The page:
Did you know I wrote my first novel with a writing partner, passing the book back and forth by e-mail? Well, so did Melinda. She and a friend in high school completed three (count them, 3!) books by passing back and forth between classes...when they should have been studying! But truly, we all know writing is more important.
So, please welcome Melinda as she shares with us what we all have in common with each other and with Harry Potter:
Every Writer Has a Bit of Harry Inside ‘Em
Believe it or not, writers have a lot in common with young mister Potter than we may not want to admit sometimes.
Now, while I could probably wear out my welcome here on Harry Potter for Writers by listing upwards of fifty of those similarities, I’m just going to stick to the more important ones….for now. J
1. We’re all a little lost until we figure out where we belong. Do you remember feeling like you didn’t quite fit in when you were younger? I do! I felt like a total nerd as I walked around with a Muse on my shoulder and ten different stories in my head. Though I wished it happened earlier, it wasn’t until adulthood that I figured out where I belonged – and that is in front of the keyboard, staying up until the wee hours of the night, arguing with
myself my Muse. Until he started receiving the mysterious letters that Uncle Vernon wouldn’t let him read, Harry knew, on some small level, that he didn’t belong with the Durleys. Granted, he had no clue how important he was to the world of magic, but as I learned more about Harry in those first few chapters, I could instantly tell he felt just like me – a nerd that hadn’t found their niche yet. As artists, until we find an outlet for our creativity, we’re lost. As writers, until our characters – or Muse – find us, and we come to fully understand our creative potential, we’re getting pushed about by Dudley and sleeping in the cupboard under the stairs.
2. We wave a wand to produce magic. What? You don’t have one? I do. *ahem* While I would like to believe that my pen – or keyboard – is a magic wand, it’s just never going to happen. But, wait! Technically, these items are a wand for writers. The magic that happens while we’re writing a story is being produced by a wave of our ‘wands’. They may not be able to make a feather float in thin air, or rid ourselves of annoying distractions, but magical words appear on the page and have the power to enchant our readers from beginning to end.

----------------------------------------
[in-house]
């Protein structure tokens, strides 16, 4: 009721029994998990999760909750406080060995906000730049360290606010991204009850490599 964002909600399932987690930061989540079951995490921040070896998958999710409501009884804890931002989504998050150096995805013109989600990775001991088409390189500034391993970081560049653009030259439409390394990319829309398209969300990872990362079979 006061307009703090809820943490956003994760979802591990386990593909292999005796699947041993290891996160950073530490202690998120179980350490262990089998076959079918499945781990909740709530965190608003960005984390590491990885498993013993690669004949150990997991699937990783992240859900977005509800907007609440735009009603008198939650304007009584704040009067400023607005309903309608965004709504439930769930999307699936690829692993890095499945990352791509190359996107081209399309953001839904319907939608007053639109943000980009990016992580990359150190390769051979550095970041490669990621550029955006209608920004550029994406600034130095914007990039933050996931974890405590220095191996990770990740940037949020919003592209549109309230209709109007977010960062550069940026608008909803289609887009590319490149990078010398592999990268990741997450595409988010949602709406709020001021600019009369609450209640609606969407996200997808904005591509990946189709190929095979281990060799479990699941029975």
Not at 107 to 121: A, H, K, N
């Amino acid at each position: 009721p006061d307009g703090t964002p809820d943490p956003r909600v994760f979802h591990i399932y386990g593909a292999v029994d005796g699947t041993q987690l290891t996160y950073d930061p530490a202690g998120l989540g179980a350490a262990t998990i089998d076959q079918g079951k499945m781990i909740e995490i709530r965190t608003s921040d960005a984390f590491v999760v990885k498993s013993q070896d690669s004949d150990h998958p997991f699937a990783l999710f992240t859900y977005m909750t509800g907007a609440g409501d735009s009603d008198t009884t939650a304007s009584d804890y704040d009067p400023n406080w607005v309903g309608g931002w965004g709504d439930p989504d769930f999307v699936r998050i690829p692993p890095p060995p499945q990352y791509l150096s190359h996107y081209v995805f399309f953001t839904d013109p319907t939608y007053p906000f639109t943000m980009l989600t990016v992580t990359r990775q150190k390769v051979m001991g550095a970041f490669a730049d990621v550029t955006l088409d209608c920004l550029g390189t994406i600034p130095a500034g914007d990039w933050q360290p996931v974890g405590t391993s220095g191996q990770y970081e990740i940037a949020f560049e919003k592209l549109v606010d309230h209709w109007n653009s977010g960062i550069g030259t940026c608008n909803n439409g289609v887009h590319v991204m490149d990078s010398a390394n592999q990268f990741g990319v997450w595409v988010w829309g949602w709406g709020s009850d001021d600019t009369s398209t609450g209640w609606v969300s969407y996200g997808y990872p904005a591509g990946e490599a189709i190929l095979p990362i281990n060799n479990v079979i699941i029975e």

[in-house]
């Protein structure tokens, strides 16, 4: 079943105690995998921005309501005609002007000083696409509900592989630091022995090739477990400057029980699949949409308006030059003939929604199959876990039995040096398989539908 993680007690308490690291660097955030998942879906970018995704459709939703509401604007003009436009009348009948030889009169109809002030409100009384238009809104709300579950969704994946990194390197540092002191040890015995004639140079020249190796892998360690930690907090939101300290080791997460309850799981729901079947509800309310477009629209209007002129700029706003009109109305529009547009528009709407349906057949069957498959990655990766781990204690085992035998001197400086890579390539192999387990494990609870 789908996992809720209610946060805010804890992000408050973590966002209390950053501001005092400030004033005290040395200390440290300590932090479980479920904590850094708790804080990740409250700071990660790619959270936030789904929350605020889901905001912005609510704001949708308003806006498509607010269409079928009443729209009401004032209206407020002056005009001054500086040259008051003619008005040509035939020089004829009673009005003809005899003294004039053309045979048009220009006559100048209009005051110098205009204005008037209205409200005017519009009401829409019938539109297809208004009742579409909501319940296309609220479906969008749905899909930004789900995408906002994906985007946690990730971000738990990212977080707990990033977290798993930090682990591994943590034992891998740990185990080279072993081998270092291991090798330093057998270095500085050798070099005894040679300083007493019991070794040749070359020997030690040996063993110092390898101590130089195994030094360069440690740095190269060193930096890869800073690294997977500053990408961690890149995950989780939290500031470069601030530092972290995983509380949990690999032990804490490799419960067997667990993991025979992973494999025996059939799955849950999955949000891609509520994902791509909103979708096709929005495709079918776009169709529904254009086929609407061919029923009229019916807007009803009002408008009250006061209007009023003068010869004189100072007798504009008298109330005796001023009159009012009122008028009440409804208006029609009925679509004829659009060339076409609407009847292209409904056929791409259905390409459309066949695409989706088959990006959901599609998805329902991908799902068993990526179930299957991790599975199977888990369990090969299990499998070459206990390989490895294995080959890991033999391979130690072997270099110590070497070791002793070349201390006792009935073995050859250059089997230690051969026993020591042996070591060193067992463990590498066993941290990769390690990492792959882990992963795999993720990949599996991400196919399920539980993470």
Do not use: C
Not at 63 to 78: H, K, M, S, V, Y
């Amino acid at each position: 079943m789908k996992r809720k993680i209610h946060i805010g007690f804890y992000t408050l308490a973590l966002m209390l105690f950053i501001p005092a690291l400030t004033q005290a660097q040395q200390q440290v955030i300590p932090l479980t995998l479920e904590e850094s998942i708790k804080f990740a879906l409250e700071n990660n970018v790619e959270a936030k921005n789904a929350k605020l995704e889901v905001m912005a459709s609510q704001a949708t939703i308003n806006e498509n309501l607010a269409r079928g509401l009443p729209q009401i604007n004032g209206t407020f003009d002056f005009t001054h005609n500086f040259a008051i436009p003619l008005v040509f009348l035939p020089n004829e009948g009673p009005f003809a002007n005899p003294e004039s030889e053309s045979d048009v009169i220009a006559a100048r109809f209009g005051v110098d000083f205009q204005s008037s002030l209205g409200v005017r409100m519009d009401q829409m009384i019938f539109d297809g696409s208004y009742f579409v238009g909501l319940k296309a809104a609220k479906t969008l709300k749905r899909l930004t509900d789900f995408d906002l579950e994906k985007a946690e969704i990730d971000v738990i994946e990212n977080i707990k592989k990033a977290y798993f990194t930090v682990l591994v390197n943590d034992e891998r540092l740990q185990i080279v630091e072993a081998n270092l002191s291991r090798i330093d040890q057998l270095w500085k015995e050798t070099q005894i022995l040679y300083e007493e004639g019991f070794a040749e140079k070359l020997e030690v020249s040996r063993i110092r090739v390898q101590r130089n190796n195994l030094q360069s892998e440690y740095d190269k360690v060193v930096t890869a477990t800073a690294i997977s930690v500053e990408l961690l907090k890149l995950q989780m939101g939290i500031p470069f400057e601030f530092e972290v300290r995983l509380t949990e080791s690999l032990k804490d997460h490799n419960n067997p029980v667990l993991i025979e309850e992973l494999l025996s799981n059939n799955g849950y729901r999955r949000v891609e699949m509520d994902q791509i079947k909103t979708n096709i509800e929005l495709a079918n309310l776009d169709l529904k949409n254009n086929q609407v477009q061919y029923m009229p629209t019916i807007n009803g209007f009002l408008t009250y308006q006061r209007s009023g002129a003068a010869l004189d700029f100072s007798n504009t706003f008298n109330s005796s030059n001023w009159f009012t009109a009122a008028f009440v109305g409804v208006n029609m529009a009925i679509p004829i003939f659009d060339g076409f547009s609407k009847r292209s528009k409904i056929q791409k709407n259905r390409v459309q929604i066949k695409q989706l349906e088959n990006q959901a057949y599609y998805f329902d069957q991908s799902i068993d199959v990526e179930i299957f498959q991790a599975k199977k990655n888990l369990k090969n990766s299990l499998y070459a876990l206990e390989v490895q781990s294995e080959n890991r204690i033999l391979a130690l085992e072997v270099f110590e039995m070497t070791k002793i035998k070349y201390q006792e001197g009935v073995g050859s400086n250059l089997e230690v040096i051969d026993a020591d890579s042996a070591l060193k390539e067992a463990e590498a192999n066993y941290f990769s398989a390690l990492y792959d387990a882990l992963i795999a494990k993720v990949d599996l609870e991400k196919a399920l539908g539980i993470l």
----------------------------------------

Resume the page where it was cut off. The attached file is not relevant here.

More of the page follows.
3. We each have a circle of friends that have our back. Yes, Harry had quite a lot of friends. Even though he wasn’t very close with all of them, they were his friends regardless. They were even willing to stand by him and face the darkness they knew would be coming. As writers, the friends who have our backs no matter what are our fellow writers. Be it those you meet online through Twitter or blogging, or those you meet in critique groups, those writers know and understand what you’re going through better than anyone else. And when it’s time to face the demon, they’ll have your back and encourage you through every revision, every re-write, and every rejection. And, just like Harry, we have that smaller, more close-knit group of a select few – Hermoine and Ron, anyone? – that we share everything with. These special people are our spouses, best friends, siblings, or – dare I say it? – our pets. They are the ones who know our deepest darkest secrets and fears, and they are the ones who encourage us, more than anyone else, to keep moving no matter what.
4. We look to our ‘Professors’ to show us how our spells can be improved. Right now, I’m taking a four-week workshop on Savvy Authors titled ‘Advanced Dialogue’. Similar to the boy who lived, we all crave to learn more about the craft we’ve come to know and love. At the moment, my Dumbledore is Donald Maass, and my Snape is a certain workshop teacher that is seriously kicking my butt while teaching me how to become a better writer. Everyone has one, just like Harry. Who is your Dumbledore and Snape?
We each have a piece of the Dark Lord within us. C’mon, admit it. Your inner critic is just as bad, if not worse, than Voldemorte. And guess what? That Dark Lord lives within you. He sits on the opposite side of the fence from your Muse. He taunts your Muse as you write, reminding it that only one of them can live forever inside your brain. When you meet him face to face, sometimes you’ll run in terror, and sometimes you’ll walk away triumphant. But, unlike Harry, we never ultimately kill our Dark Lord. He still lurks in the shadows and only comes out when he finds us second-guessing the grand idea we just developed into an outline, or doubting the scene we just spent two hours pounding out. Only with the most awesome back-up that money can’t buy (aka: CP’s, editors, etc.), can we truly defeat our Voldemort once and for all.
So, please tell me: What do you have in common with the boy who lived? Or am I the only one letting their geek flag fly today? J
Susan here: I LOVE the idea of my keyboard as a magic wand! That just makes me feel all magical inside! And it's so true. What else do we do as writers but conjure bustling worlds, intriguing characters, and exciting plots out of the thin air of our imaginations? And though I hate to think I have a bit of Voldy inside me, I guess he's left his mark, because doubts, worries, and second guesses sure do haunt all writers.
Thank you so much, Melinda, for this fabulous insight! And everyone -- be sure to check out Melinda's blog and Twitter and share your thoughts below!
Bio: Melinda S. Collins is an admin assistant by day, and an avid reader and aspiring author by night. Anything and everything Paranormal, Fantasy, and musical interests inspires her.